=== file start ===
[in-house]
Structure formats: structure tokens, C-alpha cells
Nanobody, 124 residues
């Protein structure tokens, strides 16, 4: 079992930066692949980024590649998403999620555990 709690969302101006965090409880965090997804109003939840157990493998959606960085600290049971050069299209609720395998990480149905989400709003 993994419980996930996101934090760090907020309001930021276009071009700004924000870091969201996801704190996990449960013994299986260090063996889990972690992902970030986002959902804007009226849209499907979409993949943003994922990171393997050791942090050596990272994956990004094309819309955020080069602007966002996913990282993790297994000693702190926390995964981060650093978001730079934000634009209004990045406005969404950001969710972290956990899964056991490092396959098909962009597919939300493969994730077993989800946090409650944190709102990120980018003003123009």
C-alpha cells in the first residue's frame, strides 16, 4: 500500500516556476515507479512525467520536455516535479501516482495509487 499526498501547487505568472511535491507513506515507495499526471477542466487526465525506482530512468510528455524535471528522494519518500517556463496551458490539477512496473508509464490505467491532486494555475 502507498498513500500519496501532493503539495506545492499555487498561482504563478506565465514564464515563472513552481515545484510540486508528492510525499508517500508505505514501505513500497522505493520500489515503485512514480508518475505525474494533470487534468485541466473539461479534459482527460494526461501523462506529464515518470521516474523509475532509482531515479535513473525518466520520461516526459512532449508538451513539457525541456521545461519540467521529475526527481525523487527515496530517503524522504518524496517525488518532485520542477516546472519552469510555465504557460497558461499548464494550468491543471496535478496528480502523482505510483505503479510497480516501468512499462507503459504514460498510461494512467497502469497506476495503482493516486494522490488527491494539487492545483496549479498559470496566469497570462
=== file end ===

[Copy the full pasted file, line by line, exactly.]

[in-house]
Structure formats: structure tokens, C-alpha cells
Nanobody, 124 residues
């Protein structure tokens, strides 16, 4: 079992930066692949980024590649998403999620555990 709690969302101006965090409880965090997804109003939840157990493998959606960085600290049971050069299209609720395998990480149905989400709003 993994419980996930996101934090760090907020309001930021276009071009700004924000870091969201996801704190996990449960013994299986260090063996889990972690992902970030986002959902804007009226849209499907979409993949943003994922990171393997050791942090050596990272994956990004094309819309955020080069602007966002996913990282993790297994000693702190926390995964981060650093978001730079934000634009209004990045406005969404950001969710972290956990899964056991490092396959098909962009597919939300493969994730077993989800946090409650944190709102990120980018003003123009």
C-alpha cells in the first residue's frame, strides 16, 4: 500500500516556476515507479512525467520536455516535479501516482495509487 499526498501547487505568472511535491507513506515507495499526471477542466487526465525506482530512468510528455524535471528522494519518500517556463496551458490539477512496473508509464490505467491532486494555475 502507498498513500500519496501532493503539495506545492499555487498561482504563478506565465514564464515563472513552481515545484510540486508528492510525499508517500508505505514501505513500497522505493520500489515503485512514480508518475505525474494533470487534468485541466473539461479534459482527460494526461501523462506529464515518470521516474523509475532509482531515479535513473525518466520520461516526459512532449508538451513539457525541456521545461519540467521529475526527481525523487527515496530517503524522504518524496517525488518532485520542477516546472519552469510555465504557460497558461499548464494550468491543471496535478496528480502523482505510483505503479510497480516501468512499462507503459504514460498510461494512467497502469497506476495503482493516486494522490488527491494539487492545483496549479498559470496566469497570462